Photo contributed by the Tennessee Comptroller's Office / A state investigation determined Carolyn Mullins and her son, William "Larry" Mullins, stole more than $83,000 from Peakland Baptist Church, pictured here in Meigs County.

A Tennessee Comptroller's Office investigation has resulted in the indictment of Carolyn Mullins and her son, William "Larry" Mullins, who a state investigation determined stole more than $83,000 from Peakland Baptist Church in Meigs County.

When a fire destroyed the church's sanctuary building in February 2019, members decided to rebuild using $189,000 in insurance proceeds, which were issued as three separate insurance checks in mid-March and late April 2019. The checks were deposited into the Peakland Baptist Church bank account on March 15 and May 1, and church officials signed a contract to build a new sanctuary for $118,000 in late May 2019. By that September, $95,000 had been paid to the contractor. Later that month, work stopped due to a lack of funds.

Carolyn Mullins and Larry Mullins were serving as church secretary and church treasurer, respectively, for the four-member church at the time and were the only authorized signatories on the church bank accounts.

At the time construction ceased, there were large sections of metal siding to cover the outside of the building that had not been installed, electrical and plumbing work was unfinished, and the outside walls and roof were open to the elements. After the work stopped, the Mullins' hired someone to install heating and air conditioning units and ductwork at a cost of $12,244.36, even though the building could not be locked or protected from the elements. At the end of December 2019, the church checking account balance was $25.77, and on Feb. 11, 2020, the account balance of 77 cents was closed, and the church had no money left.


Peakland Baptist Church report


Two years after the building project began at Peakland Baptist Church, the interior of the building is still exposed to the elements, birds roost in the ceiling joists, and sawdust covers the floor. Members have continued to tithe, and the church has continued to pay the utilities and other operational expenses while meetings occur in the church fellowship hall.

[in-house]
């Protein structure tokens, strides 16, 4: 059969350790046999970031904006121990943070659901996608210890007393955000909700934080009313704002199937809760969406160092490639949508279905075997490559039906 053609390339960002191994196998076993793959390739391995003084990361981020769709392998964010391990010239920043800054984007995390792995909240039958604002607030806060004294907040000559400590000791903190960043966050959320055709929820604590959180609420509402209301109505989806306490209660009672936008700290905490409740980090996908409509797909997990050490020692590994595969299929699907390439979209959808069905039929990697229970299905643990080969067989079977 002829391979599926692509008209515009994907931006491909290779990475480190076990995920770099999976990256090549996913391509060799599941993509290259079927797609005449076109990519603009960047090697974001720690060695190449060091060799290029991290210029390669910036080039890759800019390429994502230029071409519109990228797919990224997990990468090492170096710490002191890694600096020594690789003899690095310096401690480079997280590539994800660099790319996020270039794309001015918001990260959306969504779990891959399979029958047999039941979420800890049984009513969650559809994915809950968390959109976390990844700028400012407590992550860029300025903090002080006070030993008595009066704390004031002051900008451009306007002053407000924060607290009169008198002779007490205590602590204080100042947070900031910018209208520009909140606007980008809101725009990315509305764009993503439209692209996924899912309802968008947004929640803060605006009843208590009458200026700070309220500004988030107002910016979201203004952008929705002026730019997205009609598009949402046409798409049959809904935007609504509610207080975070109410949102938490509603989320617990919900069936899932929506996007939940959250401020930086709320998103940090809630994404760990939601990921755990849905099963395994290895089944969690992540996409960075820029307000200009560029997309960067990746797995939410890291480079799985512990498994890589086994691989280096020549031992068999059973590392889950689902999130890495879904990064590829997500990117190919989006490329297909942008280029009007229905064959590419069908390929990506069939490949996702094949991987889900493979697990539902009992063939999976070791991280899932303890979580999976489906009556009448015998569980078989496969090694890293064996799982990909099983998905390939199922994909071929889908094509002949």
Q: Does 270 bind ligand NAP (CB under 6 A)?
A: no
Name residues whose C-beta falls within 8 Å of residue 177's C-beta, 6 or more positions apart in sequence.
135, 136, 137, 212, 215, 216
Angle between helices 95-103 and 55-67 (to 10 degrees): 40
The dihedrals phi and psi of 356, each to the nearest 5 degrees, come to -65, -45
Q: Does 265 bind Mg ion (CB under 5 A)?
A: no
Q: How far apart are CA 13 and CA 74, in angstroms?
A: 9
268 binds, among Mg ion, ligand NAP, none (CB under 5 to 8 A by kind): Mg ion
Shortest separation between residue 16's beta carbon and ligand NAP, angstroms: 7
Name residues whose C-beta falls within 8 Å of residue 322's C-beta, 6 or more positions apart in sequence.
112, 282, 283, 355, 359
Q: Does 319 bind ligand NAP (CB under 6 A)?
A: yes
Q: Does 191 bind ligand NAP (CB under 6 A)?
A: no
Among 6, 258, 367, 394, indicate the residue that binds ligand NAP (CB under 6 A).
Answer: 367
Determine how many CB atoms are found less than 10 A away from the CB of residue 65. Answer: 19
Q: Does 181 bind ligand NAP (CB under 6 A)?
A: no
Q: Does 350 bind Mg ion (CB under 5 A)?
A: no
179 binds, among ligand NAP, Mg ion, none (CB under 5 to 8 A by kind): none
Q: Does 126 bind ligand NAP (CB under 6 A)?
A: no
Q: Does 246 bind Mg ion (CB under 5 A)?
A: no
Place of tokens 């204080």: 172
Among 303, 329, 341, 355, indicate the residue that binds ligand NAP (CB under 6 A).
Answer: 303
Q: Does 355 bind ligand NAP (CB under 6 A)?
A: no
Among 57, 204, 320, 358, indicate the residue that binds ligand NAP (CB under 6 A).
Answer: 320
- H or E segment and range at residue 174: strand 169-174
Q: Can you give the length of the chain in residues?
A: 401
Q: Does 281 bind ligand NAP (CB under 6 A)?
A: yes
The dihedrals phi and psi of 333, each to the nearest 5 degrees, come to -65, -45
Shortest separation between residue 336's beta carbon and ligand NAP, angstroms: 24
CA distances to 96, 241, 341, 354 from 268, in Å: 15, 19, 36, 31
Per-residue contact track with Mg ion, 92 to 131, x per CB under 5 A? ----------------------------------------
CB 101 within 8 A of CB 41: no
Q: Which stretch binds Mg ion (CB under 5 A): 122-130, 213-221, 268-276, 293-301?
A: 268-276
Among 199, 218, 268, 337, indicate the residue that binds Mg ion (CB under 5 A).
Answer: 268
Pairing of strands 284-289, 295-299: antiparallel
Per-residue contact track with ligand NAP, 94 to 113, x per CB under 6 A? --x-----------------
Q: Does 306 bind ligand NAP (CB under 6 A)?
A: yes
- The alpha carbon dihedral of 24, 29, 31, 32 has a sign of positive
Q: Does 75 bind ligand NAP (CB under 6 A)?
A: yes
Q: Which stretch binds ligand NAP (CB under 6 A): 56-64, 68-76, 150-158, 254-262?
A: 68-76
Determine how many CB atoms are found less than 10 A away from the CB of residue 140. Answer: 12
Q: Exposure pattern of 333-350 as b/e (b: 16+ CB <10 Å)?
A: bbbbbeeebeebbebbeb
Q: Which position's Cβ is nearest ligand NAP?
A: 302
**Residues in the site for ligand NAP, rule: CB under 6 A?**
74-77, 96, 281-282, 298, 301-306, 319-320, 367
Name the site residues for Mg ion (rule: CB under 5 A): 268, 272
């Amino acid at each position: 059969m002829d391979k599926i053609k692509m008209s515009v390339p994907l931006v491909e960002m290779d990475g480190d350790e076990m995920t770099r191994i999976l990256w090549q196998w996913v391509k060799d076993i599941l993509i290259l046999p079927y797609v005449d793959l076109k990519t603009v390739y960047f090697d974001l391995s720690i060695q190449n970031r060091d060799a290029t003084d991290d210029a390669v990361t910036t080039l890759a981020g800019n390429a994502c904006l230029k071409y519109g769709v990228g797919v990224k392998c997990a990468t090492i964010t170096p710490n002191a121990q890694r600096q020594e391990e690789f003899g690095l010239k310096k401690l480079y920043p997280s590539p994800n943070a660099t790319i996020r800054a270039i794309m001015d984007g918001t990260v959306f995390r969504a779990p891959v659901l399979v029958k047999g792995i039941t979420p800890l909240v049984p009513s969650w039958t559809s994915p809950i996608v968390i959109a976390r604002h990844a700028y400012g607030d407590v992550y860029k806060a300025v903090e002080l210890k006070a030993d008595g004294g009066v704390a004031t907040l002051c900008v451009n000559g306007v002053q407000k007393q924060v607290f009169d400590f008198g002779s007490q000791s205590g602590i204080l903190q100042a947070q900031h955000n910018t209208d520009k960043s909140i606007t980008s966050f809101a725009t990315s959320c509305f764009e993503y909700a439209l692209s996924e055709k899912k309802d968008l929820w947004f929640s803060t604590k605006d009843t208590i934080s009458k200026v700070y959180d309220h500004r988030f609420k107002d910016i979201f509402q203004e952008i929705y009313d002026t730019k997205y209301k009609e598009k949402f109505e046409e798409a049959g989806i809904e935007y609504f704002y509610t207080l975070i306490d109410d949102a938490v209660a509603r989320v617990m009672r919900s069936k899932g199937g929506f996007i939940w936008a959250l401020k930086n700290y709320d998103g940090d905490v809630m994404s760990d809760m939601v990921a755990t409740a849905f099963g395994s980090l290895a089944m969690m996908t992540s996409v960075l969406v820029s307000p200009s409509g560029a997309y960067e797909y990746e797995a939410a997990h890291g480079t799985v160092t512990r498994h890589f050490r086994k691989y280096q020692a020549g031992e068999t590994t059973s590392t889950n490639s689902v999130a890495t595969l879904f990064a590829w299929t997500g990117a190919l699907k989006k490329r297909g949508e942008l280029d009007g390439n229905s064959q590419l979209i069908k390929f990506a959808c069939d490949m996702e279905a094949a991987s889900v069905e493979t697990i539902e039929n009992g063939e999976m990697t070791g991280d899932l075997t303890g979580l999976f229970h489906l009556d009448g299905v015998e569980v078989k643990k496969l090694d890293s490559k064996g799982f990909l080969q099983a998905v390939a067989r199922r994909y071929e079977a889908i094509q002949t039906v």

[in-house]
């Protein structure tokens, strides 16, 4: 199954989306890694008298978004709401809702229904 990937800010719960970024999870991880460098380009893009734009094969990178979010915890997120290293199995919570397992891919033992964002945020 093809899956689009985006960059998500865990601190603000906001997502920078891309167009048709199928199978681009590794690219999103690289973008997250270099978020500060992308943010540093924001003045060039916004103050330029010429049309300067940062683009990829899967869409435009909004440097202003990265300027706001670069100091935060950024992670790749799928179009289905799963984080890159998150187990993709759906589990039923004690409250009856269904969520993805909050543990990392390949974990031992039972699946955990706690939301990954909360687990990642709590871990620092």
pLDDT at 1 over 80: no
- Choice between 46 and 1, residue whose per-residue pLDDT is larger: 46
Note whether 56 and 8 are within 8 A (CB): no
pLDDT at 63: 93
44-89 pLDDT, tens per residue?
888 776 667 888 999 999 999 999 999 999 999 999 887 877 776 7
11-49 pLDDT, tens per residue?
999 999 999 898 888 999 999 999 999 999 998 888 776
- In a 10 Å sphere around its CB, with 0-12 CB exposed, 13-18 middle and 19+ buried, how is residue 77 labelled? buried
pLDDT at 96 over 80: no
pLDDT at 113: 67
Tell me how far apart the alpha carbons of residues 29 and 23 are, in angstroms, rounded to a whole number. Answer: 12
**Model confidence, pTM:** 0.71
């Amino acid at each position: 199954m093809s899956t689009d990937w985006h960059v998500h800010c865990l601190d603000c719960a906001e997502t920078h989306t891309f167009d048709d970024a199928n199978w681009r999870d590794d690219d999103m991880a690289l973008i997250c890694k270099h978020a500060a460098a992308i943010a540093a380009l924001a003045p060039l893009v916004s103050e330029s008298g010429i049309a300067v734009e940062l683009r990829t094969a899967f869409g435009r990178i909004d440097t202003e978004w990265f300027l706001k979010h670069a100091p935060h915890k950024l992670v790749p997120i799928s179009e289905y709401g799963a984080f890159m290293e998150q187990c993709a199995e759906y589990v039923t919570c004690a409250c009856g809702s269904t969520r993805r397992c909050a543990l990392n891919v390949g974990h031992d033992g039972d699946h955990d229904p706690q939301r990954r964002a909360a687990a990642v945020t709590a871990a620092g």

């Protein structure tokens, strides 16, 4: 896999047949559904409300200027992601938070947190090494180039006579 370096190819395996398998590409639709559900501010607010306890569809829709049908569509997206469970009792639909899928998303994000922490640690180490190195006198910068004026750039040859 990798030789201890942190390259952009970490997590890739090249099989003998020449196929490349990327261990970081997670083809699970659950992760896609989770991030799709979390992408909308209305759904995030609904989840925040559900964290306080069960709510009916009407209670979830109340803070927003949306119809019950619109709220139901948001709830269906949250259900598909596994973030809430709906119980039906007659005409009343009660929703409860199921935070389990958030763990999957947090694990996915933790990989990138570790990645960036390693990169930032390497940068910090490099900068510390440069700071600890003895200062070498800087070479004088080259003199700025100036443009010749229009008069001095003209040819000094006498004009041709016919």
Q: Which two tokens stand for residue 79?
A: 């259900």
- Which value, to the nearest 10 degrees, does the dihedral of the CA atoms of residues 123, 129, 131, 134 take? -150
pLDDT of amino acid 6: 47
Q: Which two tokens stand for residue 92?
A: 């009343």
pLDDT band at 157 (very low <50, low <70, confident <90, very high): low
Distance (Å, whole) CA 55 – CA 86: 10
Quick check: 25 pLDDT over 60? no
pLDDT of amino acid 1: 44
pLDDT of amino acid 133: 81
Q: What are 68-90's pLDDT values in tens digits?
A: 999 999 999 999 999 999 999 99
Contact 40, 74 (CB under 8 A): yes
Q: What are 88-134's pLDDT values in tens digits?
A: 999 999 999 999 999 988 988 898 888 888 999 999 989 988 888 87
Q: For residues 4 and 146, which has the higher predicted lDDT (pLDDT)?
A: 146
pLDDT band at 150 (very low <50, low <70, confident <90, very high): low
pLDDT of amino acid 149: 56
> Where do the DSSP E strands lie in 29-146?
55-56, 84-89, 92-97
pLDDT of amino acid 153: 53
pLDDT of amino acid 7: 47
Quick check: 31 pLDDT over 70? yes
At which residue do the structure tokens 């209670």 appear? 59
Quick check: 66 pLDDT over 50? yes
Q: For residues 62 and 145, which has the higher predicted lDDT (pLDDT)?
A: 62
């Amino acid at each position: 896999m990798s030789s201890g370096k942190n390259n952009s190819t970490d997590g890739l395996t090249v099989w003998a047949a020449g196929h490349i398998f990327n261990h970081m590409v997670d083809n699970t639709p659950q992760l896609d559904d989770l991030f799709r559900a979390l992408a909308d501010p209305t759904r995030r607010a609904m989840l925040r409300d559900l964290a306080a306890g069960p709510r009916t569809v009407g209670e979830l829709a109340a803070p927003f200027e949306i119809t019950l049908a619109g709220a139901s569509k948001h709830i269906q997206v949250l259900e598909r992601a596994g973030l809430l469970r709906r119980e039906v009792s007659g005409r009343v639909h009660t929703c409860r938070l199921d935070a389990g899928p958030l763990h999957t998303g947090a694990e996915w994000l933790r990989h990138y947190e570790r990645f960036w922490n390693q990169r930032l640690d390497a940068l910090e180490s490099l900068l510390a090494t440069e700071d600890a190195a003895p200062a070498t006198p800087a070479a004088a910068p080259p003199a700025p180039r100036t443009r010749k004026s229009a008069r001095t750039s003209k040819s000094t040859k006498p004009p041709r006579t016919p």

In total, investigators said the Mullins stole $83,710.82 from Peakland Baptist Church and its members. Most of the funds were stolen through internet transfers and withdrawals from the church bank accounts to their personal accounts, according to investigators. They also wrote church checks for cash to themselves, and they made personal purchases at Walmart for items such as gift cards, cigarettes, cash back, a ring and clothing, investigators said.

The Mullinses have transfered $12,221.31 back to the church, but a balance of $71,489.51 is still owed, records show.

The Meigs County Grand Jury indicted William Larry Mullins on one count of theft over $60,000 and Carolyn Mullins on one count of theft over $60,000.

The investigation into the Mullins' involvement with the church's finances was completed pursuant to Tennessee Code Annotated § 8-4-209, which was passed by the General Assembly in 2019 and allows the comptroller's office to assist district attorneys general and the Tennessee Bureau of Investigation in the investigation of private funds if the comptroller deems the investigation to be in the public interest.

"It's a best practice for churches to have someone other than treasurer reconcile the monthly bank statements and review financial activity," said Comptroller Jason Mumpower. "Separating financial responsibilities reduces the risk of errors or fraudulent activity."

Contact Kelcey Caulder at